Bicol Saro Party-list Rep. Brian Raymund Yamsuan is urging the Department of Transportation (DOTr) to pursue the Public-Private Partnership (PPP) route in implementing the revival and modernization ofthe "Bicol Express".
PPP can get 'Bicol Express' off the ground during Marcos admin--Yamsuan
At a glance
Bicol Saro Party-list Rep. Brian Raymund Yamsuan (Facebook)
Why wait on China on the "Bicol Express" project if there's a Public-Private Partnership (PPP) option?
Bicol Saro Party-list Rep. Brian Raymund Yamsuan is urging the Department of Transportation (DOTr) to pursue this route in implementing the revival and modernization of the Bicol Express--the once-famed rail line of the Philippine National Railways (PNR) that ran from Manila to Albay.
Although Yamsuan received assurance from Department of Transportation (DOTr) Undersecretary for Railways Cesar Chavez that the revival of the PNR’s South Long Haul Project remains a priority project, China, the supposed fiinancial backer of the project, hasn't been able to give clear direction as to its continued funding.
Yamsuan said that by tapping the PPP mode, the project can begin implementation under the Marcos administration.
“Many Bicolanos await the day when the Bicol Express chugs back to life with fast, modern trains. Our dream is for the Bicol Express to provide affordable, safe and comfortable service for commuters and make Bicol’s economy the fastest growing in the country,” said the neophyte solon.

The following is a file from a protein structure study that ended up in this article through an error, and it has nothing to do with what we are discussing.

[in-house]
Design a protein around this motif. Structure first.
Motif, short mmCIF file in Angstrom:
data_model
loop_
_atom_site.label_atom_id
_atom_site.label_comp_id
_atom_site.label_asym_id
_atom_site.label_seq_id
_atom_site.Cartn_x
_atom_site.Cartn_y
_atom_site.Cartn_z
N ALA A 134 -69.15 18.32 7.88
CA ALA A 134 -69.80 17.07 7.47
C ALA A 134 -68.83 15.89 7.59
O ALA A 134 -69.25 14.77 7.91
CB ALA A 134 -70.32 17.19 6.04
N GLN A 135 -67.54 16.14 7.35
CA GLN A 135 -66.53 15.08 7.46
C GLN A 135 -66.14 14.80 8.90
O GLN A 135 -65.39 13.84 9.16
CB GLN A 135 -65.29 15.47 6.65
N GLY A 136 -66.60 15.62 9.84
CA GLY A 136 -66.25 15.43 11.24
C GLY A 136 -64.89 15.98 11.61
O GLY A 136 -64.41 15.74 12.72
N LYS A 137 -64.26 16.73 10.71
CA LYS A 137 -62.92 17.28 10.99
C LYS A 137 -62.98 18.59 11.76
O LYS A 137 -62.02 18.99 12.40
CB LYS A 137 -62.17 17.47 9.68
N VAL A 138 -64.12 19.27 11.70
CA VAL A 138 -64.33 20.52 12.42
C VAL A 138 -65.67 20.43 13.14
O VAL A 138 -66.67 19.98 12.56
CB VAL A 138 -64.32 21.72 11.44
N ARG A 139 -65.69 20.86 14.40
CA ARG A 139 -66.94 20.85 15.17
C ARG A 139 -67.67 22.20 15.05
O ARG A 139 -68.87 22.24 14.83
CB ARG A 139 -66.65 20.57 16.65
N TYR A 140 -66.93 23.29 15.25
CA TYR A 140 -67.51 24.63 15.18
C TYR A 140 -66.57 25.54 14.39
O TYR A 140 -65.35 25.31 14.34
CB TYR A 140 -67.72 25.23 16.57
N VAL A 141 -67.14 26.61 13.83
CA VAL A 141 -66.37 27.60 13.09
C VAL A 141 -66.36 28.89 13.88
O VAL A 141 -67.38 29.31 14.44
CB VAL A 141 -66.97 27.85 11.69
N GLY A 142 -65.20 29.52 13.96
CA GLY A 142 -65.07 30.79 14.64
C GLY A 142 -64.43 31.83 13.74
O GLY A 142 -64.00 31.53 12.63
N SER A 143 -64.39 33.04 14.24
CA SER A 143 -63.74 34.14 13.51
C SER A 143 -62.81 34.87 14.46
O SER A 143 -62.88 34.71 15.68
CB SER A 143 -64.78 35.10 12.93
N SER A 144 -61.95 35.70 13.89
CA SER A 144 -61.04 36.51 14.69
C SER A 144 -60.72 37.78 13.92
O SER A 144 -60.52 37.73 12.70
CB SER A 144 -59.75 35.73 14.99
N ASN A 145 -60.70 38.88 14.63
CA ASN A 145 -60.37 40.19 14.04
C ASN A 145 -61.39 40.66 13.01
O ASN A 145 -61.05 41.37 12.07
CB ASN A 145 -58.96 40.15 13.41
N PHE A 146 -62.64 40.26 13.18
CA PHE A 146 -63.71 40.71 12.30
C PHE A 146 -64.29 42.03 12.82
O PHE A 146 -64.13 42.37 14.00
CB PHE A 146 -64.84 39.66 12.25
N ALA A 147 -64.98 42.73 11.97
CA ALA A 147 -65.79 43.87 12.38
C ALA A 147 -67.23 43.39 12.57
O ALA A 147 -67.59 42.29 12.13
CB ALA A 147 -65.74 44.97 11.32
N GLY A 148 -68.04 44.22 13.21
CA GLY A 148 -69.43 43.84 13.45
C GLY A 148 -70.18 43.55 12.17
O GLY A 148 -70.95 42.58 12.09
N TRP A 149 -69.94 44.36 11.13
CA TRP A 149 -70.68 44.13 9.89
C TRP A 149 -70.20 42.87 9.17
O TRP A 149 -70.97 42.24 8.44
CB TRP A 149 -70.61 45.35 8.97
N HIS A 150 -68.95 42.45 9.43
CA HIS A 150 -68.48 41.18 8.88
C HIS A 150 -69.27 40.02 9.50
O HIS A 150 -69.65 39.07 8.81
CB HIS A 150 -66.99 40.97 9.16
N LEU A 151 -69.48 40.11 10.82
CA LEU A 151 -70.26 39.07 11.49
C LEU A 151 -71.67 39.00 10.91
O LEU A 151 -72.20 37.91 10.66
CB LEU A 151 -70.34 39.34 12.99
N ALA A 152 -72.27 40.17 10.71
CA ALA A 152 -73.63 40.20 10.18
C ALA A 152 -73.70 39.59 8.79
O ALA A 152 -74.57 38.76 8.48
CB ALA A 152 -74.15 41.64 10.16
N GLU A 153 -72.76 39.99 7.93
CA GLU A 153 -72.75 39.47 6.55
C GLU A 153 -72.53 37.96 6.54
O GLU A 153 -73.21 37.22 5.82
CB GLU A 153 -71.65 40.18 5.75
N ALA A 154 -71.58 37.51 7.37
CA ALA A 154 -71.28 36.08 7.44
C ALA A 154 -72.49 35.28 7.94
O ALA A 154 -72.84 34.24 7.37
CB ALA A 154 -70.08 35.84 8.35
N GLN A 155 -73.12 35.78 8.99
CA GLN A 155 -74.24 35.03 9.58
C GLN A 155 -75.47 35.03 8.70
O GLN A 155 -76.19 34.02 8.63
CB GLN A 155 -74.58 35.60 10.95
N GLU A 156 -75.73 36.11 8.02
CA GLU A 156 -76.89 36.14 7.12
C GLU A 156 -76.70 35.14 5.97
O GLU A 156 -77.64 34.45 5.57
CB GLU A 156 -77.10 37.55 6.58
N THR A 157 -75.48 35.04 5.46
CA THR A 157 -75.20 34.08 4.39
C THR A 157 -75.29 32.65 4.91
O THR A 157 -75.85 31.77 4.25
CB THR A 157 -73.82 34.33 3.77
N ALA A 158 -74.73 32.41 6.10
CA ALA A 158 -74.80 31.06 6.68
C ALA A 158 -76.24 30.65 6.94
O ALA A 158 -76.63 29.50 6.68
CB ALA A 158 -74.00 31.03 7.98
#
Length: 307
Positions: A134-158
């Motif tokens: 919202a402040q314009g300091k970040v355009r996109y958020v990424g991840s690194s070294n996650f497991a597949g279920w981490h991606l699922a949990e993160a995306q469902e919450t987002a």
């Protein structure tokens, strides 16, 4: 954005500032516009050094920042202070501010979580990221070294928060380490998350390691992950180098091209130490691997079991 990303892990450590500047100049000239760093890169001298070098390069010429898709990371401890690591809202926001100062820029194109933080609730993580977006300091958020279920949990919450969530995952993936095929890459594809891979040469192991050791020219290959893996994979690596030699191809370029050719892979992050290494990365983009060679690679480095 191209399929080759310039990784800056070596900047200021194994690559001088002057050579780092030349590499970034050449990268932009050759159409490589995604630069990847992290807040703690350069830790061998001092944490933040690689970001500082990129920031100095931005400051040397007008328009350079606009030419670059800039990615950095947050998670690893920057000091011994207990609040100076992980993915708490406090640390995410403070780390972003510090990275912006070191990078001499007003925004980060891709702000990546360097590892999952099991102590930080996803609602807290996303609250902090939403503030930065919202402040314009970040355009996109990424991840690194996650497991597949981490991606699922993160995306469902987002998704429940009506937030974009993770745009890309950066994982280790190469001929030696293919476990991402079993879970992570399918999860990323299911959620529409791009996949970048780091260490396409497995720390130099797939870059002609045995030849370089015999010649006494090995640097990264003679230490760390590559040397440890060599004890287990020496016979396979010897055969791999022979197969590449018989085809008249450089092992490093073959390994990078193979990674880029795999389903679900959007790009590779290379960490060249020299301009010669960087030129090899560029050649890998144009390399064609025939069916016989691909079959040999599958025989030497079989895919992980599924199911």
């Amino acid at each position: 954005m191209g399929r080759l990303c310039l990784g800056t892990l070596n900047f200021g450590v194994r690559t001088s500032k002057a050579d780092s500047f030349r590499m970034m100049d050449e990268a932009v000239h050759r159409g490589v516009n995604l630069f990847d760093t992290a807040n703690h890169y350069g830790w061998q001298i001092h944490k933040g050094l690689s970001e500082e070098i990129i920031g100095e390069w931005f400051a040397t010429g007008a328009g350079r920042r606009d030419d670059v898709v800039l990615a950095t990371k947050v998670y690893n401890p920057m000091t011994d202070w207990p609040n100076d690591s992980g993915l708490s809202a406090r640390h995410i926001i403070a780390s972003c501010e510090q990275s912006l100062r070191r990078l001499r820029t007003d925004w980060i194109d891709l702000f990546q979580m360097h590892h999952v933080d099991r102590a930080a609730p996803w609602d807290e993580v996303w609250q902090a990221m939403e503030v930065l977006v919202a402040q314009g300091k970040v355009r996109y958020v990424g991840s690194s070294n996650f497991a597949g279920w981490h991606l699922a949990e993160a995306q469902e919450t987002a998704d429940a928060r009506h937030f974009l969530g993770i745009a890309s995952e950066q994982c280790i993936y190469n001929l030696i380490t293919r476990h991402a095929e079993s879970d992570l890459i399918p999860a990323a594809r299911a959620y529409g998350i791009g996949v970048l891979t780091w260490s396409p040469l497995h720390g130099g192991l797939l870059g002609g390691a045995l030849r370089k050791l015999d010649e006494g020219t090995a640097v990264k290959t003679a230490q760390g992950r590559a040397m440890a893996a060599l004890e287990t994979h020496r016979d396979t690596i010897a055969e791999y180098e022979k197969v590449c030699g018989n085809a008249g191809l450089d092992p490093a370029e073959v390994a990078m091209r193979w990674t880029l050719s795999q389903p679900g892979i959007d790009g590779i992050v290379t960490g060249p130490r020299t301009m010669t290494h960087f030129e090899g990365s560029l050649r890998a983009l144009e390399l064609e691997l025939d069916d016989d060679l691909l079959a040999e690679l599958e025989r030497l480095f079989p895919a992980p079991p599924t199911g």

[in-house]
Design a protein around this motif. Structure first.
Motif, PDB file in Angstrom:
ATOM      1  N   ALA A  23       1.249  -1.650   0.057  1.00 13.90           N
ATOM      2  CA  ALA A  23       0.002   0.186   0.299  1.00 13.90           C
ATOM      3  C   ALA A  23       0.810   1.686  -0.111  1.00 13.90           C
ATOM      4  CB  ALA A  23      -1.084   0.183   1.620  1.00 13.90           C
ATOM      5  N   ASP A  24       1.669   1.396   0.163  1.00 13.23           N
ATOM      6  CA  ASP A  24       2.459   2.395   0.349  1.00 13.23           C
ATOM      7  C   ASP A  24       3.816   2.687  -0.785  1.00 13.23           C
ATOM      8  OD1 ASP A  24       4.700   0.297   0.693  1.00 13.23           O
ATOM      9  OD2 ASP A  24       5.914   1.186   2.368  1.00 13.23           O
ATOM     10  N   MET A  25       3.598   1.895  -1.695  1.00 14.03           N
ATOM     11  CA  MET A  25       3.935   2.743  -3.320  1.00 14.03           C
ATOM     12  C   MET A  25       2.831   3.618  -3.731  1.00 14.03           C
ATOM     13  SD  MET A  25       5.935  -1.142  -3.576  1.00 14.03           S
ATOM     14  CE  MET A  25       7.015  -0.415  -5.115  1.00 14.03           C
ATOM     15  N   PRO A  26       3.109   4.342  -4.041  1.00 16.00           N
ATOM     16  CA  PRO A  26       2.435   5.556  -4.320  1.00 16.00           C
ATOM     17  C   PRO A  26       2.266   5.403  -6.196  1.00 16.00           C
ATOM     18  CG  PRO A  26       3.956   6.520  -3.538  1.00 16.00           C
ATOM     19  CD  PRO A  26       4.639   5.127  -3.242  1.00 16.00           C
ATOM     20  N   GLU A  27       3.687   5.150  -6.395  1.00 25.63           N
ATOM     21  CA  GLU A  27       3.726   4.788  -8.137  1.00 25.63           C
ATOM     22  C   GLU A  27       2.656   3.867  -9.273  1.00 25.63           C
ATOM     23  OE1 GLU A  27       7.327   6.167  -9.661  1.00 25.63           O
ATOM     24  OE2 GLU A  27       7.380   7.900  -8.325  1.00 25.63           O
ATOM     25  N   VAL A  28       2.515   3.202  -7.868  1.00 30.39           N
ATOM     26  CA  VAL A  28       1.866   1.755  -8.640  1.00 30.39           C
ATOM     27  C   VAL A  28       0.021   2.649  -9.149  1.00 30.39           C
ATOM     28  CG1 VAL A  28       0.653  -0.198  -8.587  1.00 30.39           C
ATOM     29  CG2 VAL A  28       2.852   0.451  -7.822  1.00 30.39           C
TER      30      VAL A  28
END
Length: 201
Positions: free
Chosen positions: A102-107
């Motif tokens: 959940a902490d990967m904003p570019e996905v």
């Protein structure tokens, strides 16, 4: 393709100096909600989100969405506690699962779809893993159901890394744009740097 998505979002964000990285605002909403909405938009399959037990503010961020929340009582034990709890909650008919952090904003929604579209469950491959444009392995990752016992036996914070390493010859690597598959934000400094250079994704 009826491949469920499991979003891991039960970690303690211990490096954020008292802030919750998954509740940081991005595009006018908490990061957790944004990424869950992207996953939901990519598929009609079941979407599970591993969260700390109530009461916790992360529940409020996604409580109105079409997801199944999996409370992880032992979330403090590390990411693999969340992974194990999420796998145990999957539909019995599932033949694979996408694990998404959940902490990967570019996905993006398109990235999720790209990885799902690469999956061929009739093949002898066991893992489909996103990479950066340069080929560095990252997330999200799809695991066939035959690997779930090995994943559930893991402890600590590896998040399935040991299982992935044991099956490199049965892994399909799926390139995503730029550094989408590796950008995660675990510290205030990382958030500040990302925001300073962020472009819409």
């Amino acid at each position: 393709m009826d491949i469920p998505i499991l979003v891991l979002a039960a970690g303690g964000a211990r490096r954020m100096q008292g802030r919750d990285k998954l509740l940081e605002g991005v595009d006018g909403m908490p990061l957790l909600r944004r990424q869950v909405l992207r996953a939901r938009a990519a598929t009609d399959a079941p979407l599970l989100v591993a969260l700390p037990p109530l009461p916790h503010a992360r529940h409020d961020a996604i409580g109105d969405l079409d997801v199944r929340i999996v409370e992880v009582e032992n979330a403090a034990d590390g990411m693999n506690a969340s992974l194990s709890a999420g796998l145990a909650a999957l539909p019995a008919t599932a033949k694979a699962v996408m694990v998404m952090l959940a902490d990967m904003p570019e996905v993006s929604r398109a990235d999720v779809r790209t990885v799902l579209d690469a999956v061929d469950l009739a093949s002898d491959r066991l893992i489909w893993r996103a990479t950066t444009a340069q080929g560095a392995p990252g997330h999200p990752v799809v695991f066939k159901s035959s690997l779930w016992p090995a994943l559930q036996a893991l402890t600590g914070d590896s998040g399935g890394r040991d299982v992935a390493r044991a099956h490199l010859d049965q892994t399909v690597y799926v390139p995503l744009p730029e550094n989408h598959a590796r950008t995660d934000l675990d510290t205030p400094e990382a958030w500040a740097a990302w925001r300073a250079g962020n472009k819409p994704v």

The South Long Haul Project, which is included in the list of President Marcos' “Build Better More” infrastructure program, has a P3-billion allocation this year under the DOTr’s proposed budget.
“Based on my discussions with Undersecretary Chavez, going the PPP route to implement the civil works aspect of the project is the best way to ensure that the Bicol Express project gets off the ground,” said Yamsuan.
The Bicol Saro lawmaker said “The rebirth of the legendary rail line would create thousands of jobs and lead to the growth of micro, small and medium enterprises (MSMEs) in the Bicol region.”
“When the Bicol Express is reconstructed and fully operational, every station it passes along its line will be a busy hub of economic activity. Micro and small enterprises will be sprouting in every station, providing jobs for tens of thousands of Bicolanos,” Yamsuan said.
He said he agrees with Chavez’s “PPP modality” of tapping foreign funding institutions like the Asian Development Bank (ADB) or the Japan International Cooperation Agency (JICA) to provide financing for the electromechanical system of the project, while the government funds the right-of-way acquisition and rolling stock, and partners with the private sector for the civil works aspect of the project.
Chavez earlier said that if the government cannot get a definitive commitment from the Export-Import Bank of China (China Eximbank) this year for the P142-billion loan to implement the first phase of the project, he would recommend that the Department of Finance (DOF) seek other foreign partners to employ PPP to get the project up and running.
The government currently has an ongoing P14-billion management consultancy contract with China Railways Design Corporation (CRDC) for the project. But with China Eximbank giving no clear direction as to whether it would approve the loan application for the project, Chavez said the DOTr would have to terminate the contract with CRDC to be able to look for other possible funding sources.
Connecting Manila to Bicol, the Bicol Express is expected to reduce travel time between the two points from the current 14 to 18 hours to just 4 to 6 hours. The first package of the Bicol Express project spans 386 kilometers from Calamba, Laguna to Daraga, Albay.